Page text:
The adoption of clean technologies by businesses is at the heart of greening the economy. Écotech Québec, whose mission is to promote this trend, notes that companies and organizations from across the province and from various sectors of activity are making their contribution.
The President and CEO of Écotech Québec, Isabelle Dubé-Côté, is delighted with this observation, especially since, “to make the transition successful, we will need solutions from various clean technology sub-sectors.” , she emphasizes in an interview.
Moreover, no sector was missing during the third Eureka awards ceremony! by Écotech Québec Thursday evening. “It facilitates our objective of demonstrating that, regardless of the sector, it is possible to be more competitive and reduce our environmental impact thanks to clean technologies,” says the president of Écotech Québec.
Quebec has just experienced pivotal years in terms of implementation, she observes. “We are able to accelerate the development, financing and deployment of clean technologies. »
These all have a role to play if we want to achieve the Canadian objectives set for 2050 in terms of carbon neutrality, believes Ms. Dubé-Côté.
In particular, it has seen a proliferation of nature-based solutions and those relating to energy efficiency and the circular economy.
One of the 2022-2023 finalists for the Eureka! awards, the St-Pancrace microbrewery, established in Baie-Comeau, contributes precisely to the circular economy of its region, on the North Shore, thanks to an ingenious spent grain dryer designed by JKS Constructions.
The micro wanted to make the most of its brewing residue (called spent grain), a raw material which, when moist, can be kept for less than 24 hours. To do this, it was necessary to dry it.
The dryer has proven to be a very successful solution, since it benefits two other businesses in the Manicouagan region: the vegetable and hop farm Les jardin de Carmanor and the cultivator ChampiNord. The first feeds its chickens, while the second incorporates it into the substrate used to cultivate its mushrooms.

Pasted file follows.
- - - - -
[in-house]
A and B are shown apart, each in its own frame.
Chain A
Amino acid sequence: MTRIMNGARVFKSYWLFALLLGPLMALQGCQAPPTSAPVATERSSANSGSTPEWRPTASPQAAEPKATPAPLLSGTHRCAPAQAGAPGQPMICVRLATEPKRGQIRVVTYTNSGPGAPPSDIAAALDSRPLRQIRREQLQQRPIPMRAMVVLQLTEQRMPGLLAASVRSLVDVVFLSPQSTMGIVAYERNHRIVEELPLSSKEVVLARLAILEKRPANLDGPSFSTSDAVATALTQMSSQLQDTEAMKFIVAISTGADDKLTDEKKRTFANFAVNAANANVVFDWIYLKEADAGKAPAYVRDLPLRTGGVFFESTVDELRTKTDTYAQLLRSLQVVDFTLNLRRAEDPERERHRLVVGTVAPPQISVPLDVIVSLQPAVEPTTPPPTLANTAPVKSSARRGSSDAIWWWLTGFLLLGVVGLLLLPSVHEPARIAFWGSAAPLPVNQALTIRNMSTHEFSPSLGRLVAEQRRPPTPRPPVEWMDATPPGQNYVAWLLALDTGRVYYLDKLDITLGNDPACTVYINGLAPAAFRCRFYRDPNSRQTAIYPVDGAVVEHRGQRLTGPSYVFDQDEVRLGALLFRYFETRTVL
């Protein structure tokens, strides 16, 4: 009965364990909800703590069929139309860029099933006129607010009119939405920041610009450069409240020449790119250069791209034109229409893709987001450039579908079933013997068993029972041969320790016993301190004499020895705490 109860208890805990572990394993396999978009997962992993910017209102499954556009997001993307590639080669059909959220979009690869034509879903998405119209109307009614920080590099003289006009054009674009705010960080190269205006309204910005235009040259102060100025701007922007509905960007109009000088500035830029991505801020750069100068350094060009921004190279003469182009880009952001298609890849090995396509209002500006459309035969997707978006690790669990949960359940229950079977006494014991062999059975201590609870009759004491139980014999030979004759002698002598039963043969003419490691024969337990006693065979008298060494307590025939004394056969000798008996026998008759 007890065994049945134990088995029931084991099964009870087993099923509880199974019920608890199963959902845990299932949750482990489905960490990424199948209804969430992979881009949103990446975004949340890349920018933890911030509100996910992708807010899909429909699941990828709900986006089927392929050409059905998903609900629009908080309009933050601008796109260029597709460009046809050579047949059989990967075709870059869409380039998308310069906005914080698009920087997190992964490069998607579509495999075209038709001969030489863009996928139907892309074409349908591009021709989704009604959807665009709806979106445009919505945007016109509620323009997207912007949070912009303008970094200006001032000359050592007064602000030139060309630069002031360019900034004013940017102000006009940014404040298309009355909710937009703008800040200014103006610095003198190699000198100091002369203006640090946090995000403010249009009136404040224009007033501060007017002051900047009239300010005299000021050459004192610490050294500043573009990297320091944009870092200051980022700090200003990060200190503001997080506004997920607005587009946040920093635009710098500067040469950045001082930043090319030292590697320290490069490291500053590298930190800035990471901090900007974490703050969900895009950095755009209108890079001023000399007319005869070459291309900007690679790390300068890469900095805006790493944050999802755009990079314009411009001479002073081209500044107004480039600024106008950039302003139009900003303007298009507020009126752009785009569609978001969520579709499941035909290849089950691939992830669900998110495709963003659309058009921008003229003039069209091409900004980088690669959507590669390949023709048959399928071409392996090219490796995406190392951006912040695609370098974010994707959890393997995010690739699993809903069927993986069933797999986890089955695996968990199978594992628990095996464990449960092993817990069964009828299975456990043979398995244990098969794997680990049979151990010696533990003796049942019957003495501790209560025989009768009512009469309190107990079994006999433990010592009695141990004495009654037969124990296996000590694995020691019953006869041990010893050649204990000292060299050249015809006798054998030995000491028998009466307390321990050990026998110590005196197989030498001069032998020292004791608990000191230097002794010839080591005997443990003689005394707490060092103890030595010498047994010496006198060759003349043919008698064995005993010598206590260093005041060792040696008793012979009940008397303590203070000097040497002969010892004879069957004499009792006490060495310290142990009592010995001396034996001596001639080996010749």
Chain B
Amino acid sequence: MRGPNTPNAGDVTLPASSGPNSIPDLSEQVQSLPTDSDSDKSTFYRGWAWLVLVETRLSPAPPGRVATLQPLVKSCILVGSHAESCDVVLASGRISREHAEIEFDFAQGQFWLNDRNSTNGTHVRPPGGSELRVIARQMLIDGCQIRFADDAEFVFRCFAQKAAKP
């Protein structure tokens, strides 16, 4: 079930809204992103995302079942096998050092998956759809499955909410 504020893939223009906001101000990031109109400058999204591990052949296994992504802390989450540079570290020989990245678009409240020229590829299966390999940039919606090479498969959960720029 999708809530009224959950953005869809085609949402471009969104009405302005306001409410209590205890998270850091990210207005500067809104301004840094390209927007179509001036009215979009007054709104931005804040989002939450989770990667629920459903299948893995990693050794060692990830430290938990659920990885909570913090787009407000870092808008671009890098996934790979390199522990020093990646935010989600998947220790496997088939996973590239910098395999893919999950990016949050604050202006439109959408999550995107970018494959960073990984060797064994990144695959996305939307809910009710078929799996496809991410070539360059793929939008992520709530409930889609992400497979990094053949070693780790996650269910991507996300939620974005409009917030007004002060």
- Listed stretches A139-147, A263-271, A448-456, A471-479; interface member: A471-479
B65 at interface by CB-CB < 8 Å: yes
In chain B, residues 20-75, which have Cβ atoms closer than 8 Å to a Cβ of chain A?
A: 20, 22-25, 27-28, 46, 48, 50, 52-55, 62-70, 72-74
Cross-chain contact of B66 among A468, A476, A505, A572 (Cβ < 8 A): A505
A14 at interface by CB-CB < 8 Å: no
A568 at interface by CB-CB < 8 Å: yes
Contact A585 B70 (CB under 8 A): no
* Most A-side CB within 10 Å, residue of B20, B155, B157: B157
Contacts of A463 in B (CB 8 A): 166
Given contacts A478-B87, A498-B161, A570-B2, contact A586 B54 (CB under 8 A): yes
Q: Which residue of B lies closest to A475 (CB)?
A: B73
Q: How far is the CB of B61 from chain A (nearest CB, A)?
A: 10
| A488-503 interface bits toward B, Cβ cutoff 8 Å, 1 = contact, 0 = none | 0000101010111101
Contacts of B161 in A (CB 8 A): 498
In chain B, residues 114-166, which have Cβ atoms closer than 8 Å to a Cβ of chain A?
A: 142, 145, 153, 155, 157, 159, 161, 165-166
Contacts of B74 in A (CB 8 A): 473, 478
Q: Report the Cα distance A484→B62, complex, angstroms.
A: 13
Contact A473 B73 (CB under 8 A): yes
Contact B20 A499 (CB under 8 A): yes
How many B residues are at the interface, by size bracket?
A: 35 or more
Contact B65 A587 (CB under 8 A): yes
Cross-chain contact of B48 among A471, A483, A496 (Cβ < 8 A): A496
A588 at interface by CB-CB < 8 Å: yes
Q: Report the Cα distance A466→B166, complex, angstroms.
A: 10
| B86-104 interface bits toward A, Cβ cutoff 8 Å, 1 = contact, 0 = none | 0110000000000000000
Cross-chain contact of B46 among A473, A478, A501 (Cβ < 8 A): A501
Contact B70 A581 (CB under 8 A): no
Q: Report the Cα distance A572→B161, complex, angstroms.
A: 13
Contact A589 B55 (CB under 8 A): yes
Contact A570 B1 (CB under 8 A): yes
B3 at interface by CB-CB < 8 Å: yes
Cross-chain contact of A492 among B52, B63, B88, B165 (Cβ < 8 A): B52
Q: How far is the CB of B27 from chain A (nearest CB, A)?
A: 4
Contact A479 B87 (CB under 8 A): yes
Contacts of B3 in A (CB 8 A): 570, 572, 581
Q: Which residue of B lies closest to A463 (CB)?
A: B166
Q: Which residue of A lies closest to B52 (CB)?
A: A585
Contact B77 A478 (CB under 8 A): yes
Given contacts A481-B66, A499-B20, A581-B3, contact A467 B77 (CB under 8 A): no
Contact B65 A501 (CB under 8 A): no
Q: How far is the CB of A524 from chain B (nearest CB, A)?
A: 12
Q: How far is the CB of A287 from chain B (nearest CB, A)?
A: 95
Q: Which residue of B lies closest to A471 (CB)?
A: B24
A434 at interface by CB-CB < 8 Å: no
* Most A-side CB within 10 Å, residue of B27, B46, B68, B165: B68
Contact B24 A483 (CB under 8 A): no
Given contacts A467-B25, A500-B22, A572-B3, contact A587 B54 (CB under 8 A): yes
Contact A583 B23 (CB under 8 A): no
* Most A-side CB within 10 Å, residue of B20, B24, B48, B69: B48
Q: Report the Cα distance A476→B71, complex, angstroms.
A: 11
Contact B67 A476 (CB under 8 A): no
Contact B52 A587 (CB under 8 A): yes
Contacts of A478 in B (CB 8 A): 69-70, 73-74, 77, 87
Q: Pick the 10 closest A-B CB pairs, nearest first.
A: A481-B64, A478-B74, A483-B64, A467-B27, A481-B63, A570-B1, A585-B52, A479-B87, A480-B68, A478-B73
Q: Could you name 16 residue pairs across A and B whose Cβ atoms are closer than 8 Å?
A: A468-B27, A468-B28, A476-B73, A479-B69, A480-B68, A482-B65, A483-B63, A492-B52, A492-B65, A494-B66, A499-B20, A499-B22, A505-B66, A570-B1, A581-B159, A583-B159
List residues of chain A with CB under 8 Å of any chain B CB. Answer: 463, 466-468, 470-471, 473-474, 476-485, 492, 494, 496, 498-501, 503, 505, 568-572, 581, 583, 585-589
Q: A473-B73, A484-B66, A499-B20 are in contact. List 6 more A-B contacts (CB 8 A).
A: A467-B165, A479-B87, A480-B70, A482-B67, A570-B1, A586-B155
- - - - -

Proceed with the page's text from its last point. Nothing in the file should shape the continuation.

Thanks to the spent grain that St-Pancrace gives them, they have both seen their productivity increase and their expenses linked to the purchase of raw materials to feed the poultry and grow the mushrooms reduced.
“They’re the stars! “, says St-Pancrace’s production director, André Morin, in an interview. “They’re the ones operating the equipment. Without these partners, we would continue to throw away the dregs. »
But since municipal composting will be implemented in Baie-Comeau this year, indicates this ambassador from the North Shore, the spent grain will be composted rather than thrown away when unforeseen circumstances prevent them from picking it up.
It remains that “as long as you have an already existing raw material, it is better to use the residues to benefit other companies than to make compost,” underlines André Morin, who sources his grain from the surroundings of Lévis and Beauce. “It makes more sense when it’s valued. »
Thanks to the dryer, the microbrewery now diverts 100 tonnes of spent grain per year from landfills, in addition to promoting the circular economy and food security in its region.
Especially since transport costs on the North Shore have exploded, he adds.
Ultimately, in addition to the ecological benefits of the dryer, it is the fact of having contributed to the growth of two young companies in an approach to food sovereignty that makes André Morin particularly proud.
“Having made it possible to increase the production of eggs and mushrooms in Manicouagan, which restaurateurs use to promote the terroir, having these foods on our tables is a source of great pride. It’s in our DNA to promote the North Shore and its producers. »